Thirteenth-century manuscript fragments discovered by chance at a library in Bristol, England, have revealed an alternative version of the story of Merlin, the famed wizard of Arthurian legend. A team of scholars translated the writings, known as the Bristol Merlin, from Old French to English and traced the pages’ medieval origins, reports Alison Flood for the Guardian.
The manuscript is part of a group of texts called the Vulgate Cycle, or the Lancelot-Grail Cycle. Using handwriting analysis, the researchers determined that someone in northern or northeastern France wrote the text between 1250 and 1275. That means it was committed to parchment shortly after the Vulgate Cycle was first composed, between 1220 and 1225.
“The medieval Arthurian legends were a bit like the Marvel Universe, in that they constituted a coherent fictional world that had certain rules and a set of well-known characters who appeared and interacted with each other in multiple different stories,” Laura Chuhan Campbell, a medieval language scholar at Durham University, tells Gizmodo’s Isaac Schultz. “This fragment comes from the second volume, which documents the rise of Merlin as Arthur’s advisor, and Arthur’s turbulent early years as king.”
King Arthur first appeared in a history of Britain written in 829 or 830, notes the British Library. That text describes him as a warlord or Christian soldier. Later accounts from the 12th century added new elements to the legend, such as Merlin’s mentorship of Arthur. English writer Thomas Malory compiled one of the best-known collections of the stories, Le Morte d’Arthur, in the 15th century.
Michael Richardson, a special collections librarian at the University of Bristol, found the parchment pieces glued into a 15th-century book in 2019, reports Sarah Durn for Atlas Obscura. Since then, Campbell and colleagues Leah Tether and Benjamin Pohl, both medieval historians at Bristol, have concluded that the pages made their way to England about 80 years after they were written.
“We know it was in England by that point [because] someone has written ‘my god’ in the margins in English,” Campbell tells Atlas Obscura. “From the handwriting, we’ve dated that to the early 14th century.”
By 1520, the pages had ended up in a scrap pile at a British bookshop, where they were used as binding materials for a French philosophy text. That book found its way to the Bristol public library sometime after the collection’s establishment in 1613. As the scholars explain in a statement, the book’s “likely route to Bristol” was Archbishop of York Tobias Matthew, who co-founded the library and collected many books in Oxford. Matthew left his collection to the library after his death in 1628.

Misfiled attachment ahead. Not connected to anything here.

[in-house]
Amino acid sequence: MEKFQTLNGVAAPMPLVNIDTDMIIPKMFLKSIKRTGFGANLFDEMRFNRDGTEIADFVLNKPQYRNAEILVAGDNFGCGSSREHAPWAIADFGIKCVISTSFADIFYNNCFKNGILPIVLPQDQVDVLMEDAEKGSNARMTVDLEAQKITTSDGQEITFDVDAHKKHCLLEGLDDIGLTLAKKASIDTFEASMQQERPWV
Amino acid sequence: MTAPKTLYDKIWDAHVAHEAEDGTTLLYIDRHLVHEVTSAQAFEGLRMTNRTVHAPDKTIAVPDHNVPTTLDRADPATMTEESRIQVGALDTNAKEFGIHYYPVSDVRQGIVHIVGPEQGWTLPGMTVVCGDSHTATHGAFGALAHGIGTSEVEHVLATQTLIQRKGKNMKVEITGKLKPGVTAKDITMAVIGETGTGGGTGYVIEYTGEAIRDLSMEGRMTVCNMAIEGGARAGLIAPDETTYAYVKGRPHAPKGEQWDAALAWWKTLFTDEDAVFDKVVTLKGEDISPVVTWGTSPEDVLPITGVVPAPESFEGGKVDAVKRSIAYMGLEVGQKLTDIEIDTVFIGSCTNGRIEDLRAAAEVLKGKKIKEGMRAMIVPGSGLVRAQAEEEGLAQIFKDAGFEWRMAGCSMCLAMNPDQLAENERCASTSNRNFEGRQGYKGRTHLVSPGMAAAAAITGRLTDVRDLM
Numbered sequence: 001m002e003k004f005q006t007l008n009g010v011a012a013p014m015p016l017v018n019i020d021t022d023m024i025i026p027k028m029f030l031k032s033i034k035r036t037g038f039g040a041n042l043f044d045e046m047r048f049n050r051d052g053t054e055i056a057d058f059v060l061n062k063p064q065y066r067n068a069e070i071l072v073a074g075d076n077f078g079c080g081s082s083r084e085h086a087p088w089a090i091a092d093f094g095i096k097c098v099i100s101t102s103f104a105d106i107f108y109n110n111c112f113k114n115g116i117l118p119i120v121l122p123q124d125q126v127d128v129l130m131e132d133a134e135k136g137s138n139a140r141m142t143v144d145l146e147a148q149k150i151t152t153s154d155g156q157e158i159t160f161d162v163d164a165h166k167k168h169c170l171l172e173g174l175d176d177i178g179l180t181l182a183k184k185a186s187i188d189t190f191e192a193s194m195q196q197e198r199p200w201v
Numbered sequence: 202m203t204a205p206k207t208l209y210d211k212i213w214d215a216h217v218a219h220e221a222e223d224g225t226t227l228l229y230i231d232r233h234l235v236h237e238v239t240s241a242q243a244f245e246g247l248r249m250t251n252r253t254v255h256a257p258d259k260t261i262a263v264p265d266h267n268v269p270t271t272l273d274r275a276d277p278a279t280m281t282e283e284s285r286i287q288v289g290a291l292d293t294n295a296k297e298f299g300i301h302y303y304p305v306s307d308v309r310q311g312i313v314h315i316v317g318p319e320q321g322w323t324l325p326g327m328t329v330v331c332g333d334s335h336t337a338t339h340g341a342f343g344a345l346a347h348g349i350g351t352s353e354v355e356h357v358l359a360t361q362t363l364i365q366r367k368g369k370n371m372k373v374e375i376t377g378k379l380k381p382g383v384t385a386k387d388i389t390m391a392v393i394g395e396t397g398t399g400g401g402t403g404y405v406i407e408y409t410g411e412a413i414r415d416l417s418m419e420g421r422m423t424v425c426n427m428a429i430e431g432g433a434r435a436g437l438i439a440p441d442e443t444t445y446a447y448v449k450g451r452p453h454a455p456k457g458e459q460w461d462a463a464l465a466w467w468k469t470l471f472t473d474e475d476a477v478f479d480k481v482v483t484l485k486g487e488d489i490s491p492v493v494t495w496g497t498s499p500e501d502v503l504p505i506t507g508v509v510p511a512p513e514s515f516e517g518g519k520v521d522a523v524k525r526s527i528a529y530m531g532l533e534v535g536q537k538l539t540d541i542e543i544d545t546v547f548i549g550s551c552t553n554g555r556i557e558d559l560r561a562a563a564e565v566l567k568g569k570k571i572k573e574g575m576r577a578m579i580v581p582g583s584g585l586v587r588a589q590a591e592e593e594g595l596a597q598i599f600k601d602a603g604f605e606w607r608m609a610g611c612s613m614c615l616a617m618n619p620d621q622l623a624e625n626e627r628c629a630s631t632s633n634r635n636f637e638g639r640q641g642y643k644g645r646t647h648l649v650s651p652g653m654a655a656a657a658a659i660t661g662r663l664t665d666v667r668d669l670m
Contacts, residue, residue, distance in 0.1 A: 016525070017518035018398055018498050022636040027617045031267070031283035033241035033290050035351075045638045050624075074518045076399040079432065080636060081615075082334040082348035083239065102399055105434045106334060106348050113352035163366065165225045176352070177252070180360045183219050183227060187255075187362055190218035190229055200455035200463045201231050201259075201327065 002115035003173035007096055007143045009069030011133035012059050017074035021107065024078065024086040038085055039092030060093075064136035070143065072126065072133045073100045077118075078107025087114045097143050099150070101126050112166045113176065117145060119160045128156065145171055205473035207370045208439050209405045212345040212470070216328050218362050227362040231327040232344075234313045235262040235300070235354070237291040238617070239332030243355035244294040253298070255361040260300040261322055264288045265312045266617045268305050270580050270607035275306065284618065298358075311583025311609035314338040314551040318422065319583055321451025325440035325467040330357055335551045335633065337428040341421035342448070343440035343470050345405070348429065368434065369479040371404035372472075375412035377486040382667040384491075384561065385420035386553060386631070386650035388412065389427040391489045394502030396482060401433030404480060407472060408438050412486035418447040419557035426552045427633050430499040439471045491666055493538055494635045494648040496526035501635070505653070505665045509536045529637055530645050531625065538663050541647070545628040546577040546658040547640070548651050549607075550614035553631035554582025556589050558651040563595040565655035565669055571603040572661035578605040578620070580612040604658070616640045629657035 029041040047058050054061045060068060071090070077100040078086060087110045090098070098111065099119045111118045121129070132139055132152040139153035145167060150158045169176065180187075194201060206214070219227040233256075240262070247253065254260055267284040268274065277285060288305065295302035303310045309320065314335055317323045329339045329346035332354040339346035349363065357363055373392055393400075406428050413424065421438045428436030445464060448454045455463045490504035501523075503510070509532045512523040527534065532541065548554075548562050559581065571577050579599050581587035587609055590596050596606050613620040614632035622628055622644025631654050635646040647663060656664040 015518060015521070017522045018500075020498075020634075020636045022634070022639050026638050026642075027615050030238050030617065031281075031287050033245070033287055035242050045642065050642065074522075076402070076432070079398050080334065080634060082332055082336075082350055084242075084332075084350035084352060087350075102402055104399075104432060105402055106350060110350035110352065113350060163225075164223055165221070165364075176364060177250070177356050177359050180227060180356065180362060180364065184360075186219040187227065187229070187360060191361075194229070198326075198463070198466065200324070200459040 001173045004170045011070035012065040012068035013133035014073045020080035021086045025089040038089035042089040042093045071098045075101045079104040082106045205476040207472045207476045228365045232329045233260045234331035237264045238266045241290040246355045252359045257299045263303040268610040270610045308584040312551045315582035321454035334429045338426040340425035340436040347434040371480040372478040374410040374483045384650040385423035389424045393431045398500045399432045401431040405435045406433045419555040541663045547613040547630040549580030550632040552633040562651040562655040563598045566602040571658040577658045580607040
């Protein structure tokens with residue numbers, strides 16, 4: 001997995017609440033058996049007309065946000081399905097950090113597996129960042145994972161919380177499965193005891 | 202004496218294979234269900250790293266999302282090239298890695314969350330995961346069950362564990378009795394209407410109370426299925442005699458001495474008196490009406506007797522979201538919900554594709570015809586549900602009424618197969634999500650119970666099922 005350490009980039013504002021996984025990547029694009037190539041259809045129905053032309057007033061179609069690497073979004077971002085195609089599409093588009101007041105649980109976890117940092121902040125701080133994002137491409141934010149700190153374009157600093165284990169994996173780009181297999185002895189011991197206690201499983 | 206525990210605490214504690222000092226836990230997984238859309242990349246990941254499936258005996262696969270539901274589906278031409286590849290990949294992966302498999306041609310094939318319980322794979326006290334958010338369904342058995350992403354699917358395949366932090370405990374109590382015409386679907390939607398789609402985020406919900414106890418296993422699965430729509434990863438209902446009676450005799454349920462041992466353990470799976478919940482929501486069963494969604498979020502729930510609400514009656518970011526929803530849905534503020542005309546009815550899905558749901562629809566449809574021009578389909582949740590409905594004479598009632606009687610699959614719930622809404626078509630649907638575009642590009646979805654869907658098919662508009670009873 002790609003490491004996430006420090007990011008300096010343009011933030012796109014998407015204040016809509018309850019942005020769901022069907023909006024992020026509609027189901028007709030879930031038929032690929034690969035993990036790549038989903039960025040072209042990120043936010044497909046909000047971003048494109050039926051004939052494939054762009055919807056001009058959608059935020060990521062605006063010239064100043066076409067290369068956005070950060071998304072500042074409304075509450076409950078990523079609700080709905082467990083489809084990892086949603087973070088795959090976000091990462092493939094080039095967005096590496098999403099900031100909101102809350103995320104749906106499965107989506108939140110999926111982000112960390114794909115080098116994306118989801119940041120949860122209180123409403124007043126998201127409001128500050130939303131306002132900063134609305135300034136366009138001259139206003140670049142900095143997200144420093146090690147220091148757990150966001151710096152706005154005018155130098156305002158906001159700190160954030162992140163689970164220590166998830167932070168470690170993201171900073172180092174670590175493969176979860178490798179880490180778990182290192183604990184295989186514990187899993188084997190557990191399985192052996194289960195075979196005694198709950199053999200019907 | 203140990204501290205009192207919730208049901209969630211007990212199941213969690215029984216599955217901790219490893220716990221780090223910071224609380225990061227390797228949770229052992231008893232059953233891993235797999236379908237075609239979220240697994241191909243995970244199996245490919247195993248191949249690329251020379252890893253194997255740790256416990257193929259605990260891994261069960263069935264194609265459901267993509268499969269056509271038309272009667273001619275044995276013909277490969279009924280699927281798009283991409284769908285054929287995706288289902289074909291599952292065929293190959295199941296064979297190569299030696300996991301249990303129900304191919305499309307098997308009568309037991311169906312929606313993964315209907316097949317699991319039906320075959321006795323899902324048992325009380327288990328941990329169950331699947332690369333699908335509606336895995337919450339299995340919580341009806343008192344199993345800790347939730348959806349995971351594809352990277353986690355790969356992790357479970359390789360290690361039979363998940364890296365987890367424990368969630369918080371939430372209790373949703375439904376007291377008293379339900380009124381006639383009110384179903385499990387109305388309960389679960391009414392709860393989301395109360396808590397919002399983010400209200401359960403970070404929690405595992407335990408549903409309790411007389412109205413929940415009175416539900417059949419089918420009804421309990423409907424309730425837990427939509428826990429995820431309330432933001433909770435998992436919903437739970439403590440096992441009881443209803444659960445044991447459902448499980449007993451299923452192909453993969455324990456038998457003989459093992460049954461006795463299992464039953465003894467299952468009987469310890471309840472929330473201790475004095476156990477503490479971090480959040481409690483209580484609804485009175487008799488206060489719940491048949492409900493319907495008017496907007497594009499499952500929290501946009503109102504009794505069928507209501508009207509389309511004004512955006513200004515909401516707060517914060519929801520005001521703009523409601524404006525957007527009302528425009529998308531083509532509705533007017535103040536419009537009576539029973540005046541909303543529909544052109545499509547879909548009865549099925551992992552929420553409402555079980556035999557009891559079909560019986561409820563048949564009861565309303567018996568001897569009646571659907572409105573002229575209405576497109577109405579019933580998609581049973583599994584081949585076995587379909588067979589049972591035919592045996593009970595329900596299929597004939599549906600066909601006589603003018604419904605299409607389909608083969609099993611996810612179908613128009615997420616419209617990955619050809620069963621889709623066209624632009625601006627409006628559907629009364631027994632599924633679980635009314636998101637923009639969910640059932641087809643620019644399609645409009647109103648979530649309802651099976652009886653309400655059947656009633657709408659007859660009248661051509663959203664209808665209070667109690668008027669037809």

The text probably remained at the library until Richardson discovered the pages in 2019. Now, the scholars have published the translation, as well as their study of the manuscript fragments, in a book titled The Bristol Merlin: Revealing the Secrets of a Medieval Fragment.
The team found that the account differed from other versions of the story in several key ways. A sexual encounter between Merlin and Viviane, also known as the Lady of the Lake, is “slightly toned-down,” Tether tells the Guardian.
In most manuscripts of the better known [version], Viviane casts a spell whereby three names are written on her groin that prevent Merlin from sleeping with her. In several manuscripts of the lesser-known version, these names are written on a ring instead. In our fragments, this is taken one step further: the names are written on a ring, but they also prevent anyone speaking to her. So the Bristol Merlin gets rid of unchaste connotations by removing reference to both Viviane’s groin and the idea of Merlin sleeping with her.
Based on an analysis of the handwriting, the fragments of writing appear to have been penned by two people. That could mean an apprentice was working with an experienced scholar to record the legend. Using a spectroscopic technique called Raman scattering, the team reconstructed parts of the text that had worn away.
Altogether, about 200 versions of the Vulgate Cycle are known to exist, with different scribes revising the text either accidentally or purposefully.
“With medieval texts there was no such thing as copyright,” Campbell tells Atlas Obscura. “So, if you were a scribe copying a manuscript, there was nothing to stop you from just changing things a bit.”
Merlin’s image has changed dramatically over the centuries. In more modern versions of the King Arthur legends, he is a wise advisor to the king. In the earliest iterations of the story, however, Campbell says he was a “morally dubious” magical seer or even a “creepy little boy [whose] father is a devil.”